It's been quite a while since the last post. Quite a few things happened - despite no activity here - including moving to a new place 2 years ago, purchasing various wood-working equipment, buying a PC oscilloscope and attending my first Nuremberg toy fair, just to mention a few.
The layout I was working on is still accessible, and the plan is to eventually finish it, however for now the focus is continuing the work concerning deceleration. Continuing where I left off the last time, right after obtaining a formula for the approximate deceleration time for the ESU v3.5 decoder, used in their Brawa V100 locomotive, the problem is that just knowing this piece of information isn't enough to determine the length of track the locomotive will travel while decelerating until standstill.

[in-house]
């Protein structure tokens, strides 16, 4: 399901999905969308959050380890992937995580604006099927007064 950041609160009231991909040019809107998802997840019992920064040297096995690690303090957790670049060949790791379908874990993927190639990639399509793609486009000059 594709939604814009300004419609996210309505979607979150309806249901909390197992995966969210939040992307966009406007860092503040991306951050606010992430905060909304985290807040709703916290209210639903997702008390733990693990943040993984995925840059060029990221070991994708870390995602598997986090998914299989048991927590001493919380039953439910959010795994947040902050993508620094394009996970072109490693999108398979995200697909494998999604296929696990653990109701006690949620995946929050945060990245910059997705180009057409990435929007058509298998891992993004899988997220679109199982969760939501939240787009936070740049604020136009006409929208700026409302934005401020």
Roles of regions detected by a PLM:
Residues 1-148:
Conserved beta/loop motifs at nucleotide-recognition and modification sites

This can be easily seen through a quick example. Click on the picture to enlarge the sample. There are 2 charts representing instant speed (s) versus time (t), taken for 2 different decelerating objects. Both objects are travelling at a constant speed 3 for the first 3 time units, before starting deceleration at t=3. They all reach standstill at t=7. The first one has a more "smooth" speed curve, going through intermediate steps before hitting 0, while the second one cycles abruptly from speed 3 to 1 at t=4. Computing the distance travelled yields 17 (3x3 + 3x1 + 2x2 +1) for the first object, and 15 (3x3 + 3x1 + 3x1) for the second one. Therefore despite taking the same time to decelerate (4 time units), the distance travelled is not the same.